Is Apple Cider Vinegar Really a Health Food?

Apple cider vinegar
Photo by Towfiqu barbhuiya on Unsplash

You may have heard apple cider vinegar (ACV) being touted as the latest panacea. This acidic appley elixir is claimed to help support weight loss, control blood sugar levels, lower blood pressure, and more. But is it really worth swapping your coffee for a shot of sour vinegar each morning? Let’s find out.

The Good Stuff

ACV is made by fermenting apples. ACV fans will tell you that many of the purported health benefits come from “the mother”—the strands of yeast and bacteria formed during fermentation. And it’s true that ACV is a good source of healthy probiotics and acetic acid, as well as the abundant B vitamins and antioxidants also found in fresh apple juice.

Small-scale studies suggest ACV may help support healthy weight loss, lower blood sugar, and cholesterol.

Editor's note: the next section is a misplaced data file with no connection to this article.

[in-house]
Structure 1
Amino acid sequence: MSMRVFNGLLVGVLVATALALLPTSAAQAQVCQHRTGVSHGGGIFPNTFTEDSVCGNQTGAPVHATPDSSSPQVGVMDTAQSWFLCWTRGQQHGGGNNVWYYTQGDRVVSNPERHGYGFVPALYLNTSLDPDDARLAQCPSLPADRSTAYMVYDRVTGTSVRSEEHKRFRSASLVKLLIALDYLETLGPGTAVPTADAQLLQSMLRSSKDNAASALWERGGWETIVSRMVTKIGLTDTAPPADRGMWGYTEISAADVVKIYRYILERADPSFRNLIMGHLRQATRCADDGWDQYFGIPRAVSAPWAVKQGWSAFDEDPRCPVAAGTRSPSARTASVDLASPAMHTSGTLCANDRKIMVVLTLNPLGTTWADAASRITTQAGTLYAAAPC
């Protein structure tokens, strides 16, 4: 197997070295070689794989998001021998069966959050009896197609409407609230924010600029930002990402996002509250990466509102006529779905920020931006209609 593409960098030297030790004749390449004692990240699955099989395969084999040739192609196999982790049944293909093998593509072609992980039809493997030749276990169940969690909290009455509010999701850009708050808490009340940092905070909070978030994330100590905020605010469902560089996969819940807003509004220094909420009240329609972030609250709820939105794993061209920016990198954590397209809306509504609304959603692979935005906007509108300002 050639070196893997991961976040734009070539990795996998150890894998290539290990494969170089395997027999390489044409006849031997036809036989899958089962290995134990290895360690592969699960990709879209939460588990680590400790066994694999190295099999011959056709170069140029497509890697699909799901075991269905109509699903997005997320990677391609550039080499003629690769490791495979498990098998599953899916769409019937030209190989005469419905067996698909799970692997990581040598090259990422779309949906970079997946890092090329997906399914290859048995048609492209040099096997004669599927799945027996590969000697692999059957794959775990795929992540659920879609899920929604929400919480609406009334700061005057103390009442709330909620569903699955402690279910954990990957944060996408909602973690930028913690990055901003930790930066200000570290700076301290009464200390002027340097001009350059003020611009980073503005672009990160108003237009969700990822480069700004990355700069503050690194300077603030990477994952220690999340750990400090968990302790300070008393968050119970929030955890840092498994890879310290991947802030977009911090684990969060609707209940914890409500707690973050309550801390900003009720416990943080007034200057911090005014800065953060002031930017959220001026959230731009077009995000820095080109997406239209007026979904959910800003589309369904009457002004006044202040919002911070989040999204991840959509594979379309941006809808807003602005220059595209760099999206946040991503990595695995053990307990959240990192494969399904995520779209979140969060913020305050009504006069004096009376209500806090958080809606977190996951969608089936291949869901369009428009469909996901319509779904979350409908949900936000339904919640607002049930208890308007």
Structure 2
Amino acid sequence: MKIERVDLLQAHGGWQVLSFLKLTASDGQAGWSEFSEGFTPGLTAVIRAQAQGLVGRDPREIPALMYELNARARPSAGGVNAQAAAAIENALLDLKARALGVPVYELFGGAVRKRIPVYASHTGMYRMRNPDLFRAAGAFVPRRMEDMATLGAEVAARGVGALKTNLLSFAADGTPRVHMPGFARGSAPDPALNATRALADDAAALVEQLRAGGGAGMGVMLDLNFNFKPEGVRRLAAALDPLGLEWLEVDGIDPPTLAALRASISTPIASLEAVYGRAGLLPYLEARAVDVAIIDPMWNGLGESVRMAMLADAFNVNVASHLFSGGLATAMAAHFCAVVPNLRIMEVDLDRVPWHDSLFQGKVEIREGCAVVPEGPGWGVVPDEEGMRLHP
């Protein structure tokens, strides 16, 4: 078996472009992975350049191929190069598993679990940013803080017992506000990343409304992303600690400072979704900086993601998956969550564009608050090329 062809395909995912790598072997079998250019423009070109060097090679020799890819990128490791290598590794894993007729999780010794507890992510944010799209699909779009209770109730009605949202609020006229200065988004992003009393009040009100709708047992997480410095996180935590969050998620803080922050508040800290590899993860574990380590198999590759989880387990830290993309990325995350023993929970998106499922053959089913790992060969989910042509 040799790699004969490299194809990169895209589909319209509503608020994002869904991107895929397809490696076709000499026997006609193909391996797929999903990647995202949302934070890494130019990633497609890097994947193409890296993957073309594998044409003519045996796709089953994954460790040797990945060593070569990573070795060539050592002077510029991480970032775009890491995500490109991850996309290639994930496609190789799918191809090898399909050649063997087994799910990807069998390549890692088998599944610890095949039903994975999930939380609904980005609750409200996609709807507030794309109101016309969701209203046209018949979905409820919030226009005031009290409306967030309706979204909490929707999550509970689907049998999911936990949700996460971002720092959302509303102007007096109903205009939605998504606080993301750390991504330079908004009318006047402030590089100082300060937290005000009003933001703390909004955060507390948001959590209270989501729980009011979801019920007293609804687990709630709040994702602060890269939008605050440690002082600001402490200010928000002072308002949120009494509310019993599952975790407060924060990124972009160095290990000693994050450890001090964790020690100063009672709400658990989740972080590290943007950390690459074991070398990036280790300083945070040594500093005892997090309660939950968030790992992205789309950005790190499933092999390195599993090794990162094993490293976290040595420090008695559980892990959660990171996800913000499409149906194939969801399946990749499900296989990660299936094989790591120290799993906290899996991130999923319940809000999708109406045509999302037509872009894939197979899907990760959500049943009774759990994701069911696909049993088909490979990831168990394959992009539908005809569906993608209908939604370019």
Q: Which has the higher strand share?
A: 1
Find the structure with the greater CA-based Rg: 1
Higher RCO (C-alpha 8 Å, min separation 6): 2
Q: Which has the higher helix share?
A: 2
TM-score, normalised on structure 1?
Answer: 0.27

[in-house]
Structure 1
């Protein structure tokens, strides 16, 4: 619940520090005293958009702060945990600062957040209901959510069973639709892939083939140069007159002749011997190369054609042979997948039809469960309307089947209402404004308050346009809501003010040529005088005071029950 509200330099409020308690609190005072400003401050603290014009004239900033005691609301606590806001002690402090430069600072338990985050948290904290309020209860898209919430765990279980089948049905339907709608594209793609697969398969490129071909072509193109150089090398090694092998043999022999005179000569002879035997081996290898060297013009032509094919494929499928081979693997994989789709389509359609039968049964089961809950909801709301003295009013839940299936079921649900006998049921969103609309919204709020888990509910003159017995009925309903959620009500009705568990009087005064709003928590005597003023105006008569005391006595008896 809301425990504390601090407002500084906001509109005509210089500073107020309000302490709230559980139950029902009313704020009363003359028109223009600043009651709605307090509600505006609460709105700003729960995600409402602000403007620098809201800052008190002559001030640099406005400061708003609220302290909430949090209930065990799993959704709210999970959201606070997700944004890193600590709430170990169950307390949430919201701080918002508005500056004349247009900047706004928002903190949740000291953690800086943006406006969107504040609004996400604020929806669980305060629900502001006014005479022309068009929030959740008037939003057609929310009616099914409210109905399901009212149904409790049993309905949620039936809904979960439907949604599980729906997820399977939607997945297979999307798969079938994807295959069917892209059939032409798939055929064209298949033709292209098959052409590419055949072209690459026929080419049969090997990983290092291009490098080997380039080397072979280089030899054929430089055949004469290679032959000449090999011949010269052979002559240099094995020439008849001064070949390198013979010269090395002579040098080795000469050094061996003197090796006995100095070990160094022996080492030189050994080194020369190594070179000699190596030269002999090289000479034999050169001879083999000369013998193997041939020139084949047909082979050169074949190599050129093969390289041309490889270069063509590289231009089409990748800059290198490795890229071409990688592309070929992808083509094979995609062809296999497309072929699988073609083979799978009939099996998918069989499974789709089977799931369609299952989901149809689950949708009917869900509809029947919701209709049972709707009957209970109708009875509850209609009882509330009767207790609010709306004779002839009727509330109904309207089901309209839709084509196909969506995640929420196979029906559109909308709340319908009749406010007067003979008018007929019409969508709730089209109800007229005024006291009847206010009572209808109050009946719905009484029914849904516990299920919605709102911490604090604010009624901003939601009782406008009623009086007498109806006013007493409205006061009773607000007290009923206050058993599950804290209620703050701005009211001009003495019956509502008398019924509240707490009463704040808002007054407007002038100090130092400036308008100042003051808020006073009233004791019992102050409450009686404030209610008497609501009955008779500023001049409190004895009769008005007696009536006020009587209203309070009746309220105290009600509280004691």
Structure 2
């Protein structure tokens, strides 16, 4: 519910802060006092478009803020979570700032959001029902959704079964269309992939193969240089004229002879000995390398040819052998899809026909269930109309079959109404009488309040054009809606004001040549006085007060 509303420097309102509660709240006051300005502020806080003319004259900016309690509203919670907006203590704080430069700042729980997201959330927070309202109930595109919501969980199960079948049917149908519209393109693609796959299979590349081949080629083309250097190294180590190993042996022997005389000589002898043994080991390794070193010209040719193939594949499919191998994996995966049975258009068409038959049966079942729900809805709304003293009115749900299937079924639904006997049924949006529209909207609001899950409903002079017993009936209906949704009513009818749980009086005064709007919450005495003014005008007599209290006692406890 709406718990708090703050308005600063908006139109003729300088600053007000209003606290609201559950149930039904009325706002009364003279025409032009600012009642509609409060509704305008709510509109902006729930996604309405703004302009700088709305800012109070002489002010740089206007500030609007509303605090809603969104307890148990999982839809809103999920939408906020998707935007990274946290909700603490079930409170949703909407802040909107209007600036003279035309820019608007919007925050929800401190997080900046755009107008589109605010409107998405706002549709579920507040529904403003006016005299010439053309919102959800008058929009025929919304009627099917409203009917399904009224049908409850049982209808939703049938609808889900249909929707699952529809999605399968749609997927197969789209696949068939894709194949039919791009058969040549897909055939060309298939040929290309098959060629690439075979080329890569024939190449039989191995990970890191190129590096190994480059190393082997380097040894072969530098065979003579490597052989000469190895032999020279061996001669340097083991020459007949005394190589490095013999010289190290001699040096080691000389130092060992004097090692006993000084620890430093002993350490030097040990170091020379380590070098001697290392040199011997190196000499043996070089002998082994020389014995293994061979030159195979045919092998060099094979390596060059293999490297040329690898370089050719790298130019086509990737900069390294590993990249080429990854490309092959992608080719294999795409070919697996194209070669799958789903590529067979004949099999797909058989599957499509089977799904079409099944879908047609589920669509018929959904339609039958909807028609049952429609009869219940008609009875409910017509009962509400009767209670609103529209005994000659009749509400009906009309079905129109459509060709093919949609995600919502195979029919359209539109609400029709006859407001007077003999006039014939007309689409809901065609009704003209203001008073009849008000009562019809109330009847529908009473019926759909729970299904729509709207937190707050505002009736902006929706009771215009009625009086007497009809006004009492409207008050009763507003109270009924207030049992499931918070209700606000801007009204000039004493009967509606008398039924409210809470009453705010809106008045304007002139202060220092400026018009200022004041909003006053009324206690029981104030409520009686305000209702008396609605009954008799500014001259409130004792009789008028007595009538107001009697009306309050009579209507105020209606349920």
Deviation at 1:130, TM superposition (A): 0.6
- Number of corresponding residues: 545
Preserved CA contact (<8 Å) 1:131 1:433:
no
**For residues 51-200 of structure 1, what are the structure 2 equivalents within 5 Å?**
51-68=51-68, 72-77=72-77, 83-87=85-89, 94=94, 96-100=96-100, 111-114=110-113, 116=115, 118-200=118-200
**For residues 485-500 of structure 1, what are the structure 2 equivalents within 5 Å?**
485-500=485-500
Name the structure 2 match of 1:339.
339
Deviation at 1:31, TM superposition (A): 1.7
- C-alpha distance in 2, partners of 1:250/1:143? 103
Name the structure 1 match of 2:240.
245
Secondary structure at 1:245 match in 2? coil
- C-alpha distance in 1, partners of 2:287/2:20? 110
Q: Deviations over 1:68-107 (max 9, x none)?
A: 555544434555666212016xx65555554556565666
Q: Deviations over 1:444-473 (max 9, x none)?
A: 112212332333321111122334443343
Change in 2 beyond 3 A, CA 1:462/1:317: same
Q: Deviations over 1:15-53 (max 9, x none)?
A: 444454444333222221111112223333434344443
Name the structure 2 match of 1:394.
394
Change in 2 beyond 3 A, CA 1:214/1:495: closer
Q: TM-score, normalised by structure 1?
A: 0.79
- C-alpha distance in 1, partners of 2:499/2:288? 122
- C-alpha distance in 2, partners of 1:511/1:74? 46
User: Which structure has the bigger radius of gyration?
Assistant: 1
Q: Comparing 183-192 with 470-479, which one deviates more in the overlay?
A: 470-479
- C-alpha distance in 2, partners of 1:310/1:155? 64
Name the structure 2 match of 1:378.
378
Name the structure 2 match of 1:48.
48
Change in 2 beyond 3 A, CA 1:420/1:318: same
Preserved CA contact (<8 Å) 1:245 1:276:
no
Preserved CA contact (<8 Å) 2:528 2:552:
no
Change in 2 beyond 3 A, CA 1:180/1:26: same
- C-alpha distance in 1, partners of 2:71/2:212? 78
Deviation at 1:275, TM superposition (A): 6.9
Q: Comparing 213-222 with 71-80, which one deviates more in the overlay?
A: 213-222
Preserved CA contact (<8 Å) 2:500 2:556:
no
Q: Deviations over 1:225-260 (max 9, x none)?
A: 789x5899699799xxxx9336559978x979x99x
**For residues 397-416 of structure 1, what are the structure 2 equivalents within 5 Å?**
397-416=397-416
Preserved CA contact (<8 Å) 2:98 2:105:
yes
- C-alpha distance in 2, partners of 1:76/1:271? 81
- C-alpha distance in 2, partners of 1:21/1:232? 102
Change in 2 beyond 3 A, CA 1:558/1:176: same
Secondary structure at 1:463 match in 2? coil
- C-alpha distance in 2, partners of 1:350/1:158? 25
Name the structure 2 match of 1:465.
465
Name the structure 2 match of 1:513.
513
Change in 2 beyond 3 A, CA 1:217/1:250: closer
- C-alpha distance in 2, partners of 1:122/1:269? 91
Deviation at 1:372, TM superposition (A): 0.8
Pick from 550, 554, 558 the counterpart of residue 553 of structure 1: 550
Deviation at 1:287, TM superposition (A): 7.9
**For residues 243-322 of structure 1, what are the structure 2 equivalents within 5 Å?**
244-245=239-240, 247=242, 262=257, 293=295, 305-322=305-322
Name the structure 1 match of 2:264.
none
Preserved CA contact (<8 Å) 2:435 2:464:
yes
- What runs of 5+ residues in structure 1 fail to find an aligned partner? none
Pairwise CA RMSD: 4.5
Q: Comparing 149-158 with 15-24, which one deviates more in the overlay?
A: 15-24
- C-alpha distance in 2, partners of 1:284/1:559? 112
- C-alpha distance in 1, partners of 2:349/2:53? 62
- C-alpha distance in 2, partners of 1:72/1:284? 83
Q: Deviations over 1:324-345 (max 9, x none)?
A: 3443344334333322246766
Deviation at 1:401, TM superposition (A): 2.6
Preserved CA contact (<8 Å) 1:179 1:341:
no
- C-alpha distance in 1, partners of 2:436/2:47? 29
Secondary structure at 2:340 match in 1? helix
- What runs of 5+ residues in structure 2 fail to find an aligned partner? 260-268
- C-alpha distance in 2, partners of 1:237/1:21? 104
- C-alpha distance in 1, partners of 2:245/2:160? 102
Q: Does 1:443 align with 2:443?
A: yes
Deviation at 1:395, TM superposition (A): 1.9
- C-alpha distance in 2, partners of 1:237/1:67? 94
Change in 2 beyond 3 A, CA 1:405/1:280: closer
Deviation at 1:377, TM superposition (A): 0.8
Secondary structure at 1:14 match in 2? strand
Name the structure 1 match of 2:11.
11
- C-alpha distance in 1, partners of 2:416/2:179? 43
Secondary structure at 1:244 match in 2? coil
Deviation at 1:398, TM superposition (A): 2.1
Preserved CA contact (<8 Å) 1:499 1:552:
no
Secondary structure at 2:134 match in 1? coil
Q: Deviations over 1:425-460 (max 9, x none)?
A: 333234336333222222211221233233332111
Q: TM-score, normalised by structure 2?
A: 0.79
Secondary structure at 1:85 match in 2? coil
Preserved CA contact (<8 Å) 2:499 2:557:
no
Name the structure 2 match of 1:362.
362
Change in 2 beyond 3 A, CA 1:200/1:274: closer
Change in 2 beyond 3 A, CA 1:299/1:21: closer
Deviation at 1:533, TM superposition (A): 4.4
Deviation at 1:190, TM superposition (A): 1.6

The Bad Stuff

  • Drinking straight ACV can contribute to tooth erosion, esophageal irritation, and acid reflux.
  • ACV can’t help you lose weight without other healthy lifestyle changes.
  • There is not much scientific evidence for the other health claims surrounding ACV.
  • There is little research into the benefits of popular ACV-based supplements such as gummies, and these are not regulated by the FDA.

The Verdict

There is nothing wrong with incorporating ACV into your diet but it is not going to cure all your ailments! Always dilute your ACV with plenty of water and rinse your mouth with water after drinking. It’s also a good idea to simply use ACV in salad dressings, marinades, and pickling brines!